Innovations in Mentoring, Training, and Apprenticeships Act, enacted Dec. 31, 2018 — This act directs NSF to take a number of steps in support of the “skilled technical workforce,” defined as “workers with high school diplomas and two-year technical training or certifications who employ significant levels of STEM knowledge in their jobs.” Such jobs have been a major focus for STEM education policy under the Trump administration.
Strengthening Career and Technical Education for the 21st Century Act, enacted July 31, 2018 — This act renews congressional backing for the Carl D. Perkins Career and Technical Education Act for the first time since 2006. The Perkins CTE Act sets policy for Department of Education programs that promote training for the skilled technical workforce. Among its provisions, the new law directs the department to establish an “Innovation and Modernization” competitive grant program to identify and support efforts to “align workforce skills with labor market needs.” For further information, see FYI’s coverage here.
Failed bills had major implications for regulatory policy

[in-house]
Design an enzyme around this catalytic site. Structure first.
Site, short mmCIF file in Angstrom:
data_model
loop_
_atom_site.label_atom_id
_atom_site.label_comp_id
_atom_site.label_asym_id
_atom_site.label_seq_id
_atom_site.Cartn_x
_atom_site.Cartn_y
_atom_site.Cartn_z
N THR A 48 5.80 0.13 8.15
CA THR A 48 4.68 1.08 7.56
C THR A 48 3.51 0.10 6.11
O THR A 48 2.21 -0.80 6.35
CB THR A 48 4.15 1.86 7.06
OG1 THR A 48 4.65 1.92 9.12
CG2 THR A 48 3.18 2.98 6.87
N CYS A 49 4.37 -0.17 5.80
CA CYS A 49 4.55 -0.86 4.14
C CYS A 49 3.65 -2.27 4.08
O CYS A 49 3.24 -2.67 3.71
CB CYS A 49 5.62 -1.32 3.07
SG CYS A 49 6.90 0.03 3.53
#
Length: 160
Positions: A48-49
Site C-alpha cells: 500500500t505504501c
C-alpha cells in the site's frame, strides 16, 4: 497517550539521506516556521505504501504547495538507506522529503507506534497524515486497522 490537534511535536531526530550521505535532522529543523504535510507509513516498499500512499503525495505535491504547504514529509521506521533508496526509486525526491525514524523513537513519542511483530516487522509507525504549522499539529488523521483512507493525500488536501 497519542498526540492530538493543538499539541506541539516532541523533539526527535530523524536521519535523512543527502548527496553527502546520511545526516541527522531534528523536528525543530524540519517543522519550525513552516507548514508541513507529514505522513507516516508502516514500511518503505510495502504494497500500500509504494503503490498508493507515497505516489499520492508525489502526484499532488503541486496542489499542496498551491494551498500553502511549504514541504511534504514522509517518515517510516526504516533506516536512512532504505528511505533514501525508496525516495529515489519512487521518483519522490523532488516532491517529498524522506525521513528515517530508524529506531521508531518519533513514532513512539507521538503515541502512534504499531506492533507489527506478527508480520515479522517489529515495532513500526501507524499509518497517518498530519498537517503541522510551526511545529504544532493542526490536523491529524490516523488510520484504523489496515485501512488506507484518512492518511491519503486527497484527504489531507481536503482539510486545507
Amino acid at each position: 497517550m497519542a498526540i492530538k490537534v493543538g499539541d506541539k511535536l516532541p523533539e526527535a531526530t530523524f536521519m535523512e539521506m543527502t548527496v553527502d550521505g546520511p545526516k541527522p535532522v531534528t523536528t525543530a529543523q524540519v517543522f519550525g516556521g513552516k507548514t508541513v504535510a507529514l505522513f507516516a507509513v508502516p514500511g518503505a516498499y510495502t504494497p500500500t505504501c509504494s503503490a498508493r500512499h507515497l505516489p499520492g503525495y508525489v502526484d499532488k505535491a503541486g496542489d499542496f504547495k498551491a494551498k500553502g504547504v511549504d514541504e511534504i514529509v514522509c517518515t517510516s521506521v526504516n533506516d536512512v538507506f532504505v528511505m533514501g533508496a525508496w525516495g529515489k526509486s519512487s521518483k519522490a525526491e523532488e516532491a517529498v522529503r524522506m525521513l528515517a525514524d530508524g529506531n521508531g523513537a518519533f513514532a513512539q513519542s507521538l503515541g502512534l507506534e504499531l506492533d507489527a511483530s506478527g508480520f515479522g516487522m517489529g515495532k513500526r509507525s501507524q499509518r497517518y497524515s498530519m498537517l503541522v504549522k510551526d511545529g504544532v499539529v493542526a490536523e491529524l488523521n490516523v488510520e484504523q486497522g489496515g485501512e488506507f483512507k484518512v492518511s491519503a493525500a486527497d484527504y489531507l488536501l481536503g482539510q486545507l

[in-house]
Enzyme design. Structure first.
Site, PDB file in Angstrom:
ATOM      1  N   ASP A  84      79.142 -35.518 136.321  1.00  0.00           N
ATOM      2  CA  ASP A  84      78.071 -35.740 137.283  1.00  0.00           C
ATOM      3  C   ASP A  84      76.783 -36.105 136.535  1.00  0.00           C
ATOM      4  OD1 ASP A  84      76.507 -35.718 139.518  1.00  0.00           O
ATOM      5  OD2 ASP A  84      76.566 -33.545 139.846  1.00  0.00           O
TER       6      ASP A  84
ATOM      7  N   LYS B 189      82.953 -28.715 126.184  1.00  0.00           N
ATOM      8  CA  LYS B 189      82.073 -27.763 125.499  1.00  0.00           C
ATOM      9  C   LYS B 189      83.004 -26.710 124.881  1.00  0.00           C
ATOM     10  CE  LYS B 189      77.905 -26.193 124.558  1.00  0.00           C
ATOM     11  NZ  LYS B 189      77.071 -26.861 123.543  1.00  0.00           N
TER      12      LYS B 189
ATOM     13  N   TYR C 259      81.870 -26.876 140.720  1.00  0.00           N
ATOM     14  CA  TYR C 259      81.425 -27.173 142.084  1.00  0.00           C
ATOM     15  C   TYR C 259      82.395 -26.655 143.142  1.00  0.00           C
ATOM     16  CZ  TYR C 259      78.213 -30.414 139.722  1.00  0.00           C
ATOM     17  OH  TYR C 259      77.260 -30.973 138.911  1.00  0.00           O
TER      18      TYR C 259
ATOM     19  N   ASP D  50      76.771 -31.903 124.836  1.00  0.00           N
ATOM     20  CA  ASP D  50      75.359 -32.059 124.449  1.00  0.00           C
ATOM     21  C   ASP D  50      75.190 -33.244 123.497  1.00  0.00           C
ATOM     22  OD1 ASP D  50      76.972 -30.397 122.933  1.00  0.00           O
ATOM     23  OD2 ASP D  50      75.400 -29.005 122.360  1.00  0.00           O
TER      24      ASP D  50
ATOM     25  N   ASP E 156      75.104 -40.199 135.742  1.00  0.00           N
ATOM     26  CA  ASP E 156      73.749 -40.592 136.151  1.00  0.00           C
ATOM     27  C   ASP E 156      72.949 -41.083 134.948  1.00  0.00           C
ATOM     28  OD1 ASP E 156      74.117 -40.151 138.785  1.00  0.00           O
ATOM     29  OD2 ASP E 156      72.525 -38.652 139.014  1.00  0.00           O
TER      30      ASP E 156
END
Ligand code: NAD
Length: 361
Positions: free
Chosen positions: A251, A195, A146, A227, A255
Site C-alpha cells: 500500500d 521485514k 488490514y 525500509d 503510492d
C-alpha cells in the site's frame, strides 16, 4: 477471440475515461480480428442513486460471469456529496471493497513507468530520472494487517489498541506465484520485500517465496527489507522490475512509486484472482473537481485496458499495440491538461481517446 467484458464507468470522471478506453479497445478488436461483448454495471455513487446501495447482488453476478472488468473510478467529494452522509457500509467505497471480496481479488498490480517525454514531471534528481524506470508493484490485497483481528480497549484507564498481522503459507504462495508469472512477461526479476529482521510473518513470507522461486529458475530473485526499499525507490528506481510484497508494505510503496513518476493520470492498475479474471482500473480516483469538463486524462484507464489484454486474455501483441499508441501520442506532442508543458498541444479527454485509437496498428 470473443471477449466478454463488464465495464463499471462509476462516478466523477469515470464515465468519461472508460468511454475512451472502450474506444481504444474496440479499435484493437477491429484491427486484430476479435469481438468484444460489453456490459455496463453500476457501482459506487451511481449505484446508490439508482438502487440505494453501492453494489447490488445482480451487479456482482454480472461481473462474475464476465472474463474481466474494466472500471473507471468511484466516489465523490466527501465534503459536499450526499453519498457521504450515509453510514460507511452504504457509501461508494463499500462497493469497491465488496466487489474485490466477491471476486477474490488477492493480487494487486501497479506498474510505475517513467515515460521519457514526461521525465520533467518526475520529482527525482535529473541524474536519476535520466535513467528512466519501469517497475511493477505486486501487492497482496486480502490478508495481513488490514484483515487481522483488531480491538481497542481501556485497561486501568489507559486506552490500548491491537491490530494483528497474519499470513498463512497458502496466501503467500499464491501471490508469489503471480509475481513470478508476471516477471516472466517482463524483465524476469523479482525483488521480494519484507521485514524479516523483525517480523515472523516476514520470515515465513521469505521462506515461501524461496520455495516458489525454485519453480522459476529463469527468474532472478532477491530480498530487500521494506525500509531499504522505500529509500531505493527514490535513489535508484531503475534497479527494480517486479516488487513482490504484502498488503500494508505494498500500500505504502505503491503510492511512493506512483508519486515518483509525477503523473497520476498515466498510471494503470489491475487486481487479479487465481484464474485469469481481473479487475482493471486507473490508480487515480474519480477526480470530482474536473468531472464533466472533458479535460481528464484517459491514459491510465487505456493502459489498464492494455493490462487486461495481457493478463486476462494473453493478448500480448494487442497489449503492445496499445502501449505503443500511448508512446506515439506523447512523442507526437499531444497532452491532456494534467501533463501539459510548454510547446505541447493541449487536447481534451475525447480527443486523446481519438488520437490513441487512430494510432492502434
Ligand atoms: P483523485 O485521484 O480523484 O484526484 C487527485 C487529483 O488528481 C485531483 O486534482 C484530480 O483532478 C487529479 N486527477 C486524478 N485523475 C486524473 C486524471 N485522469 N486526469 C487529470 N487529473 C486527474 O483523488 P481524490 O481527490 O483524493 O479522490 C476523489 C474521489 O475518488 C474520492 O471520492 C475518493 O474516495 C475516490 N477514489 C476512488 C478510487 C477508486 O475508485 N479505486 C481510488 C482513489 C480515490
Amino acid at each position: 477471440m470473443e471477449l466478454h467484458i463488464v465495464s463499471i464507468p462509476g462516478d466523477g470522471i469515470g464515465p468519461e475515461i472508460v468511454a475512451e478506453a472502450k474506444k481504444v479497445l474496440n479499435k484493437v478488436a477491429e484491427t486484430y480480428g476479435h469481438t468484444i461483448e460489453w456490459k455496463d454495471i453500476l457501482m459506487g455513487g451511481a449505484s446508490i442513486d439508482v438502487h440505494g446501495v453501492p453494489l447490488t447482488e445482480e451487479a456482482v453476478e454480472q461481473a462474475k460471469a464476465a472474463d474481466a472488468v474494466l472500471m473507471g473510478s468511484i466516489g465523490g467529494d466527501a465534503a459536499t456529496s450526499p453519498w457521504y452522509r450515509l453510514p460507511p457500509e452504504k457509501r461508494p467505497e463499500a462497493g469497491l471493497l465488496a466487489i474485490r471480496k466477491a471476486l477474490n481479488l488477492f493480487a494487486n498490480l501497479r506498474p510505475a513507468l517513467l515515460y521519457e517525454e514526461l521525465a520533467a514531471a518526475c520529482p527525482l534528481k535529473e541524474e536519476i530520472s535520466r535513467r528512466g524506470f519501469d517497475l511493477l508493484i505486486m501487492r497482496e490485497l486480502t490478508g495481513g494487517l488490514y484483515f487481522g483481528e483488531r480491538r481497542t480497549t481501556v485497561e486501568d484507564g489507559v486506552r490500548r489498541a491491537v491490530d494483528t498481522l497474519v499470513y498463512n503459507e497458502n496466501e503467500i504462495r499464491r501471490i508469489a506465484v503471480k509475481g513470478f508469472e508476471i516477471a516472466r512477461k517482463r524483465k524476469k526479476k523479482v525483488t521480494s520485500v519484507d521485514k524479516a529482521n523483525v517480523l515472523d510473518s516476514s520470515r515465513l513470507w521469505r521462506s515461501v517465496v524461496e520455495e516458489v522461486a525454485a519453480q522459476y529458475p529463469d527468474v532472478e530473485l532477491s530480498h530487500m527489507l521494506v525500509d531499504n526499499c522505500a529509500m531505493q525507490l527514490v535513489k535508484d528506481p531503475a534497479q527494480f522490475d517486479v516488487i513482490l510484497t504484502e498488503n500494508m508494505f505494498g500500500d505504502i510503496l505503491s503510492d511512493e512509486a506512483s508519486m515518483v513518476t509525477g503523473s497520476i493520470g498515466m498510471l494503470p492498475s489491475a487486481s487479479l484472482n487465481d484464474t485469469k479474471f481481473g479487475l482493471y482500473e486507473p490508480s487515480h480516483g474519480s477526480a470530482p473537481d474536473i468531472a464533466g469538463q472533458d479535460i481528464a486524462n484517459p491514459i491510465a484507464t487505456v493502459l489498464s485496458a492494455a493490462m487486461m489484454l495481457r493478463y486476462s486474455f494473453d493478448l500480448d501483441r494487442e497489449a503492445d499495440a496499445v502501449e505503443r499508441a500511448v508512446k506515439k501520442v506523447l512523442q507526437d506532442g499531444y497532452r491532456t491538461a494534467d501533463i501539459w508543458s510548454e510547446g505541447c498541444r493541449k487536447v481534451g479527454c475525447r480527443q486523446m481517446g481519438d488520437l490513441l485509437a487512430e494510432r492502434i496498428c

Two controversial bills that aimed to overhaul how the Environmental Protection Agency incorporates science into regulatory decision-making did not become law: the Honest and Open New EPA Science Treatment (HONEST) Act and the EPA Science Advisory Board Reform Act. The bills respectively called for EPA to rely only on research with publicly available data in crafting new rules and to prohibit individuals holding an EPA grant from serving on its main science advisory committee. Although the bills were not enacted, EPA has advanced similar policieson its own initiative.
Little came of other proposed federal research policy reforms
A number of bills sought to reform policies governing research conducted with government funding, but none made substantial progress through the legislative process. They included:
- A bill introduced by Sen. Rand Paul (R-KY) to reform the review process for federal research grant applications. It would have required review panels to include at least one individual not working in the field of the application and at least one other to serve as a “taxpayer advocate.” It also would have required all applications to be made public.
- A bill to require publications deriving from federally funded research to be made publicly available after an embargo period.
- A bill to reinforce federal agencies’ scientific integrity policies.
Via a provision in fiscal year 2018 appropriations legislation, Congress also blocked the Trump administration’s proposal to place a strict cap on the percentage of research costs that the National Institutes of Health could reimburse for grantee institutions’ facilities and administrative costs. Noting that the legislation had made it “illegal” to even consider changing NIH’s reimbursement rates for such costs, White House Budget Director Mick Mulvaney told reporters in introducing the president’s fiscal year 2019 budget request that he had “learned a really valuable lesson” from Congress’ reaction.